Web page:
With the ship standing still, observe carefully how the little animals fly with equal speed to all sides of the cabin. When you have observed all these things carefully (though doubtless when the ship is standing still everything must happen in this way), have the ship proceed with any speed you like, so long as the motion is uniform and not fluctuating this way and that. You will discover not the least change in all the effects named, nor could you tell from any of them whether the ship was moving or standing still.

Finally the butterflies and flies will continue their flights indifferently toward every side, nor will it ever happen that they are concentrated toward the stern, as if tired out from keeping up with the course of the ship, from which they will have been separated during long intervals by keeping themselves in the air.

This observation lead Galileo to enunciate that the laws of mechanics are invariant under a change of inertial frames. Nowadays we believe that not only the laws of mechanics but also the laws of physics shall be invariant under the change of any frame of reference. This is a fundamental principle of physics, called the Relativity Principle.

Restricting ourselves to mechanics, it means that there is no mechanical experiment capable of detecting the absolute motion of an inertial frame. This is actually contained in the first Newton's law (which is due to Galileo). When the fly rests on the car it has $120\, km/h$ forwards with respect to the ground. When it jumps upwards, the first law asserts that it must keep this $120\, km/h$ forwards since there is no force pushing or pulling it in the horizontal direction. It can fly forward at $5\, m/s$ respective to the car exactly in the same way it would fly respective to the ground if it was outside the car.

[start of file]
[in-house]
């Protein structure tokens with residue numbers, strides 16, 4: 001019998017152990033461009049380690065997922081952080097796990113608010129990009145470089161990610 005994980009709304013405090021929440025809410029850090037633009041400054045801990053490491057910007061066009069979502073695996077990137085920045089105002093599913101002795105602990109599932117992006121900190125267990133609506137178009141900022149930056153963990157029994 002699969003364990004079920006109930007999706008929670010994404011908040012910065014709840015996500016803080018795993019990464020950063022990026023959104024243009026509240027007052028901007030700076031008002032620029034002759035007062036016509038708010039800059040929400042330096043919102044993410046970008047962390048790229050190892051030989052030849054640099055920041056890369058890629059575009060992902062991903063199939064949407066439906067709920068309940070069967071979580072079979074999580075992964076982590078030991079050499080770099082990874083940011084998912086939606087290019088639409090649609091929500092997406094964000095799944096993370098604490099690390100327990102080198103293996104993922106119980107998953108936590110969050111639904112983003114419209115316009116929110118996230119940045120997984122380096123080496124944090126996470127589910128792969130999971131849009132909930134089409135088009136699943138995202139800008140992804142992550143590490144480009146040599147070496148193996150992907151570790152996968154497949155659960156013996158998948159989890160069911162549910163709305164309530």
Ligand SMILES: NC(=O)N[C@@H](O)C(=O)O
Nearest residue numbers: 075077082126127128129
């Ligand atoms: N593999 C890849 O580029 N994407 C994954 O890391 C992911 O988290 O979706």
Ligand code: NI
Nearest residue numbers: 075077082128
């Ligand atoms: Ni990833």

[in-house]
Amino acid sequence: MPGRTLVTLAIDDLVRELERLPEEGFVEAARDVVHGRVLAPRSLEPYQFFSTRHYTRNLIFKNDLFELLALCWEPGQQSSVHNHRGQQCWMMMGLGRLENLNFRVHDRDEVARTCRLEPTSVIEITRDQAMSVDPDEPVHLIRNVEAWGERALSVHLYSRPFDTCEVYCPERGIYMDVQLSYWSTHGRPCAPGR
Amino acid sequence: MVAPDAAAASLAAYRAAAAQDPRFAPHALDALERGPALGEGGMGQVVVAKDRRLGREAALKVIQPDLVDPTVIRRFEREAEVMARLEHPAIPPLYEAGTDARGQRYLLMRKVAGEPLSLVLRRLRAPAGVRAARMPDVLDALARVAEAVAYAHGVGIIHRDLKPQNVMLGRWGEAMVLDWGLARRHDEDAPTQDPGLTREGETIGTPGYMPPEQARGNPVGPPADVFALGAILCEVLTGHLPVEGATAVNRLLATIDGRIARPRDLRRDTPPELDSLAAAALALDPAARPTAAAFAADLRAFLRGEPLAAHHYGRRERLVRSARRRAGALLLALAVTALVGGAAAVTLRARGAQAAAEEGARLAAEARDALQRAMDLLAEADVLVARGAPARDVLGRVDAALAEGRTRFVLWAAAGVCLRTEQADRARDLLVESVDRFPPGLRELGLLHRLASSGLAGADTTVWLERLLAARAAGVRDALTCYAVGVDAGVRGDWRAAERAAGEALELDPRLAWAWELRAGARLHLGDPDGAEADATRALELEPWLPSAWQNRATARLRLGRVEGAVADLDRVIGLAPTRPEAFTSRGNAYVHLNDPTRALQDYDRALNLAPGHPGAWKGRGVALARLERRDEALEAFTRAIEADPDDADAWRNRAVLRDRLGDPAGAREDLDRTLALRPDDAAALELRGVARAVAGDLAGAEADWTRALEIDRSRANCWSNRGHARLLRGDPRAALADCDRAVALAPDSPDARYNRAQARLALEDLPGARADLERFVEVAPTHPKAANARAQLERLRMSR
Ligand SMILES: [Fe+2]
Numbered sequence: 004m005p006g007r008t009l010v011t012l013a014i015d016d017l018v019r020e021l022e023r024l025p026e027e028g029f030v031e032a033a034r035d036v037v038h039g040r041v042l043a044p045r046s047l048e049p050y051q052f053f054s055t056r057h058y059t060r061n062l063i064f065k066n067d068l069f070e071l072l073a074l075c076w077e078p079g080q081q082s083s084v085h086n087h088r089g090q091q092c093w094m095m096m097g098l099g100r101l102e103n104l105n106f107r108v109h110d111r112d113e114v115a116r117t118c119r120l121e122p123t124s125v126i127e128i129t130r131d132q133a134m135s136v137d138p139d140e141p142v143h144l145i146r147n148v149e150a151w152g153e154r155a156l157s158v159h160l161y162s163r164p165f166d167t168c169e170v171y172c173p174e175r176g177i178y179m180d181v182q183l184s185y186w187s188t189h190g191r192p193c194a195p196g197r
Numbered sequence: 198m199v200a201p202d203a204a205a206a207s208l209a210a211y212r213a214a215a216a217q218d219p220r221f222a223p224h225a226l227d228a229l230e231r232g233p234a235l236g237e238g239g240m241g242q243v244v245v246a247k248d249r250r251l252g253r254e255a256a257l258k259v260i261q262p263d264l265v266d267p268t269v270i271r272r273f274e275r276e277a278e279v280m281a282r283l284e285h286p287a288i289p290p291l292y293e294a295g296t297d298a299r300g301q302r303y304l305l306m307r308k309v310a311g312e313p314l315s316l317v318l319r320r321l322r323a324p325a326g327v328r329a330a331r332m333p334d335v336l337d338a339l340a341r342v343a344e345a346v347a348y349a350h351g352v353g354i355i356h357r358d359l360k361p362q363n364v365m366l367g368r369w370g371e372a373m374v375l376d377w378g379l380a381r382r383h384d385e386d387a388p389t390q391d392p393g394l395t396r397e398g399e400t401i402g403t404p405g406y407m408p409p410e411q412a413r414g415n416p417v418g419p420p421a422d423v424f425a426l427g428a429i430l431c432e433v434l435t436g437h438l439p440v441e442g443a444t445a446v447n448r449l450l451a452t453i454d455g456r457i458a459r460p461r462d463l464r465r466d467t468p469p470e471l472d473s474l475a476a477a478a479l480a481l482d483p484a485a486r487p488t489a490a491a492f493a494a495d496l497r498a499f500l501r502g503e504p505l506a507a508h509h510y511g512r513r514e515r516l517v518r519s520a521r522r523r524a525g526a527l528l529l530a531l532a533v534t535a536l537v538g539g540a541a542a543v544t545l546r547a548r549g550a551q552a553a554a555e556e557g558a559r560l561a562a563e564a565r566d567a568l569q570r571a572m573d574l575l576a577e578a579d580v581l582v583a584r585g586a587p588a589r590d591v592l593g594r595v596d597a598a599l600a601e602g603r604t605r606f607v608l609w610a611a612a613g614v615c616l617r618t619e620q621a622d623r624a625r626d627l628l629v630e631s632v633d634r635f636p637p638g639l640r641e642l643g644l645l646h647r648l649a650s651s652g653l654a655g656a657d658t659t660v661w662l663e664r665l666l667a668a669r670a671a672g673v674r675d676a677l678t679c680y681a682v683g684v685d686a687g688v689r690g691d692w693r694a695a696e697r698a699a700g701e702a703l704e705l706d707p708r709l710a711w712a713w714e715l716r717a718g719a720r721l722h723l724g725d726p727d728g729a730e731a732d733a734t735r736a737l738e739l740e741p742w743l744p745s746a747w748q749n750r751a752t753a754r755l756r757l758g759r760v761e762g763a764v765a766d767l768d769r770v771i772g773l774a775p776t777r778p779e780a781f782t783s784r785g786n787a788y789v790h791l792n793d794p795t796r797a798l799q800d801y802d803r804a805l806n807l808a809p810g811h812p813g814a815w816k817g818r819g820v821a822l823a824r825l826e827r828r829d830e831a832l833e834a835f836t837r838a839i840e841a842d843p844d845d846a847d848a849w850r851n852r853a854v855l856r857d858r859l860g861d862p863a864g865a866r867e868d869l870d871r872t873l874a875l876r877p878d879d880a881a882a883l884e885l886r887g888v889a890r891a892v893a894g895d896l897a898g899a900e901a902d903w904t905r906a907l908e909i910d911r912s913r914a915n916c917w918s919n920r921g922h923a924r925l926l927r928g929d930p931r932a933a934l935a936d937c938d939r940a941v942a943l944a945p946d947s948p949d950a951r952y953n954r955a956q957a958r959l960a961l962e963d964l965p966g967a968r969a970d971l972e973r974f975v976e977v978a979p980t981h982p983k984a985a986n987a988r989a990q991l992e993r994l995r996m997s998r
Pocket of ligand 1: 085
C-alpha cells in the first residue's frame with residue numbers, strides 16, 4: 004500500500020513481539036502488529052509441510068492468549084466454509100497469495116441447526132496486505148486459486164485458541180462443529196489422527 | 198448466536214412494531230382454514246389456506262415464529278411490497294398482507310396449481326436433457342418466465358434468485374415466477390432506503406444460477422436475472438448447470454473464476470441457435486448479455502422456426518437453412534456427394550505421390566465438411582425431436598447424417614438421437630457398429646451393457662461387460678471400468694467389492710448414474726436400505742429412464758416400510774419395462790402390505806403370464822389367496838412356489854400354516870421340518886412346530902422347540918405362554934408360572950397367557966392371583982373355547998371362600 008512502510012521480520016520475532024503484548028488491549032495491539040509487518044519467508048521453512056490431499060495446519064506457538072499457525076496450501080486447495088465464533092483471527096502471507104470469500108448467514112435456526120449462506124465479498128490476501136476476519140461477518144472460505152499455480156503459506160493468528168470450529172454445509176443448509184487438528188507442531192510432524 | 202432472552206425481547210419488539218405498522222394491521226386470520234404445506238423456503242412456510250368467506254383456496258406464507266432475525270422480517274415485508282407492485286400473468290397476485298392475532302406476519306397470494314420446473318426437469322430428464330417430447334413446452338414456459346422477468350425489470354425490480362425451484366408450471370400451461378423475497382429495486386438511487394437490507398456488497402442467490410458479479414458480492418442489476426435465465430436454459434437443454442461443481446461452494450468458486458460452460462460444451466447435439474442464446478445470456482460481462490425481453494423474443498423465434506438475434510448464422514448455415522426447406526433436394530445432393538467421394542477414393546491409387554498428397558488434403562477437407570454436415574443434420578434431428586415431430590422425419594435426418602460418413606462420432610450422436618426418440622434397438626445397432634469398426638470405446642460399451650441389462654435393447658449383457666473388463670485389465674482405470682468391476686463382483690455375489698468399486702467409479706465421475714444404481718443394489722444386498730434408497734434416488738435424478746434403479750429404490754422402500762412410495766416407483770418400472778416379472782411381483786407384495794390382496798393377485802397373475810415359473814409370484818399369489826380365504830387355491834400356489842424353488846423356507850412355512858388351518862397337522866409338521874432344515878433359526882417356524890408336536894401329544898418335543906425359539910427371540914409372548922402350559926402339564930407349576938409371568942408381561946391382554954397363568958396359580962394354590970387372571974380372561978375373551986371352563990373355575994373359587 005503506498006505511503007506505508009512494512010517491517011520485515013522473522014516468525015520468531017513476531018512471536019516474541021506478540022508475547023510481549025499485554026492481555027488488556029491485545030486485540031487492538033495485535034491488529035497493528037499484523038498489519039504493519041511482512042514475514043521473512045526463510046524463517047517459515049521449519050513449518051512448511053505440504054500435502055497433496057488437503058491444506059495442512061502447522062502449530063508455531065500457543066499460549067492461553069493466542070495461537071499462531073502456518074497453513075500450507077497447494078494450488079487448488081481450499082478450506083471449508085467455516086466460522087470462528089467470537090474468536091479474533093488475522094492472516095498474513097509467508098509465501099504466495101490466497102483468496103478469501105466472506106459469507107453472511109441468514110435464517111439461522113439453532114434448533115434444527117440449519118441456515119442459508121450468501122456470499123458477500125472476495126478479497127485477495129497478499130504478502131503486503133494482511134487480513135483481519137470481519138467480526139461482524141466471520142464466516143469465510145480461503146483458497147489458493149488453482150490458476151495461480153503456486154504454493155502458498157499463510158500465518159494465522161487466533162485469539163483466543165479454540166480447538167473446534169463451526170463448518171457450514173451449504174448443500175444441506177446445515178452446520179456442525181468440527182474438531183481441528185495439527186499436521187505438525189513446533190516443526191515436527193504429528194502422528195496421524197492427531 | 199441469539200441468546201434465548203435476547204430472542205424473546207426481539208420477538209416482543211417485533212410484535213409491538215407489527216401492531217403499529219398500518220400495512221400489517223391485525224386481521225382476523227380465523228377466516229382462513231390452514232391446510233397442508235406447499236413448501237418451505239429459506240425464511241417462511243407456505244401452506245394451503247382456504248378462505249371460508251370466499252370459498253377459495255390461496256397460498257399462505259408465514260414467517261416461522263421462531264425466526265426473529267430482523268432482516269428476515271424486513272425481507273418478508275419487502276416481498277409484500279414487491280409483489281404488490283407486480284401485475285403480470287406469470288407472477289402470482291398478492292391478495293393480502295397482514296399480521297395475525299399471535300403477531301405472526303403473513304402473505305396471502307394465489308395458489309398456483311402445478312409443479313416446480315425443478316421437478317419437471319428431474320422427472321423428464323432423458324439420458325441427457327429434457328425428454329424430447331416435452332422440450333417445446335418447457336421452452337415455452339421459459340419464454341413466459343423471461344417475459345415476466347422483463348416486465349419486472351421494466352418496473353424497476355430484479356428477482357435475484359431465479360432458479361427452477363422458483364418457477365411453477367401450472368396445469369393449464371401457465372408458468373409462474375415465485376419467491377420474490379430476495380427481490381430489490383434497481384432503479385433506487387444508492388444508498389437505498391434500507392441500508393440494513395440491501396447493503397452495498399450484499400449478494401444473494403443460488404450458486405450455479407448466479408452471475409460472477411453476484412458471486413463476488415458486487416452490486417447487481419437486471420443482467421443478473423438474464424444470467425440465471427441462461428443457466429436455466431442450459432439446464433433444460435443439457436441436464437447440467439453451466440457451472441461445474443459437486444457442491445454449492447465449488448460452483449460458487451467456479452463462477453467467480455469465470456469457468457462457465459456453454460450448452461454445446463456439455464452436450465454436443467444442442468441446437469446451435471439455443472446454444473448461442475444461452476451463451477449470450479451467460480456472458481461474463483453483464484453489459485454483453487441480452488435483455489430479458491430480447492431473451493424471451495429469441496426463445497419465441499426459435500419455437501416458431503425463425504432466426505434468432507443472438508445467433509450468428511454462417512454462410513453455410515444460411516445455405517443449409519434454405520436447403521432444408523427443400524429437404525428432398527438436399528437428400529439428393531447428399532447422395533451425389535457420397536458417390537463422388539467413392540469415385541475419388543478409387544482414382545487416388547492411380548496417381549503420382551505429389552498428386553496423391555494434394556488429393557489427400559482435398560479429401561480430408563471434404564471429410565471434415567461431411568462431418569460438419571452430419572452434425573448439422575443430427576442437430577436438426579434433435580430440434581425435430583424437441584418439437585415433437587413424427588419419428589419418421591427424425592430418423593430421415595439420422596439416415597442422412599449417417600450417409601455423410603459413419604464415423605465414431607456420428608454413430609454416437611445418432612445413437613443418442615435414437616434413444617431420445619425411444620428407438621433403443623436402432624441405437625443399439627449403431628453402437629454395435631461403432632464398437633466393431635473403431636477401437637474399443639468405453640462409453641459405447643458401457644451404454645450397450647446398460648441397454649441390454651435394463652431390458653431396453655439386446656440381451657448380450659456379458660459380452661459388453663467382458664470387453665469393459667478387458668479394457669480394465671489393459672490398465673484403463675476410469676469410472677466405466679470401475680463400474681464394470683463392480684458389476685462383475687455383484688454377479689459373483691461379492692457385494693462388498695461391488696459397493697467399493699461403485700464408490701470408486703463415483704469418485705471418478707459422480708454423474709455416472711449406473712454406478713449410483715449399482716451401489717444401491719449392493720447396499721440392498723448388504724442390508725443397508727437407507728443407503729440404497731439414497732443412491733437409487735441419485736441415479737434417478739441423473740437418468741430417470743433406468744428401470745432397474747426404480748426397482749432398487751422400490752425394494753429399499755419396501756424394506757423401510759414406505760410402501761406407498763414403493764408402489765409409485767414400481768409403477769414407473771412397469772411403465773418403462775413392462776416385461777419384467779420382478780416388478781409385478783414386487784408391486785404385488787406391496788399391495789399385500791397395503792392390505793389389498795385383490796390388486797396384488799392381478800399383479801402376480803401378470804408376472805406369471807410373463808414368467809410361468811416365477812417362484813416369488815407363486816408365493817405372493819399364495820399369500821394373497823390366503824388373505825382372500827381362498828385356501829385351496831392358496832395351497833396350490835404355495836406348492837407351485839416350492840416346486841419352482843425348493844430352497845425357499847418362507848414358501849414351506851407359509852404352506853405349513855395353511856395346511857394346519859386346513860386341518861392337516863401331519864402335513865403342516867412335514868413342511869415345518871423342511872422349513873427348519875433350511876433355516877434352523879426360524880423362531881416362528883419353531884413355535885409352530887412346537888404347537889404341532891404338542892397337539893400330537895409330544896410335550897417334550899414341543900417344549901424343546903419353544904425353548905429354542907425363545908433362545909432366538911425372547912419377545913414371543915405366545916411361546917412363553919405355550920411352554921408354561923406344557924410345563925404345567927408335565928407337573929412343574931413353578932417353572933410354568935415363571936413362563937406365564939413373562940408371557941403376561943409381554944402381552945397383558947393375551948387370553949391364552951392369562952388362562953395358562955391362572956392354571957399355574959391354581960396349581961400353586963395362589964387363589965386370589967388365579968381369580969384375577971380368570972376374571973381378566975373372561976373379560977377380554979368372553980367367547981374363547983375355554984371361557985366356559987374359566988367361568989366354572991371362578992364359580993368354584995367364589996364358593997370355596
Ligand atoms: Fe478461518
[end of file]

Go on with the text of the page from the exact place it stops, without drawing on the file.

@César 2017-02-23 20:43:10

Thanks, that was a great exaplanation. I guess the same will happen if humans travelling on a bus jump and suspend in the air for a second, it's not tham I'm jumping and moving at 120 Km / h at the same time, right?

@Florian F 2014-11-30 02:00:43

For the same reason that when you are in a train that moves at 120 km/h, you can walk down the aisle without running at 120 km/h yourself.

In your case, you are walking on a floor that is moving at 120 km/h alredy. In the case of a fly, it is flying in air that is moving at 120 km/h.

@César 2018-10-25 16:54:11

Thanks, Florian. I get it now, the fly is moving along with the car and all of what's inside including the air surrounding us. Good explanation.

@Jack 2012-02-01 01:58:07

Basically from the frame of observation as your car:

The fly was inside your car, so its speed with respect to the car is zero. Its just as much inside the car as you are. Both are travelling at 120 with respect to any observer on the road. ut with respect to anyone inside car you both are just sitting inside the car.

So the speed of fly with respect to you is $v=0\,\frac{m}{s}$, with respect to some observer on the road is $120\,$km/h.

Its no more than a tissue paper you might keep near the steering wheel, in front of you.

@Jake 2014-10-02 04:10:31

What if the windows were opened?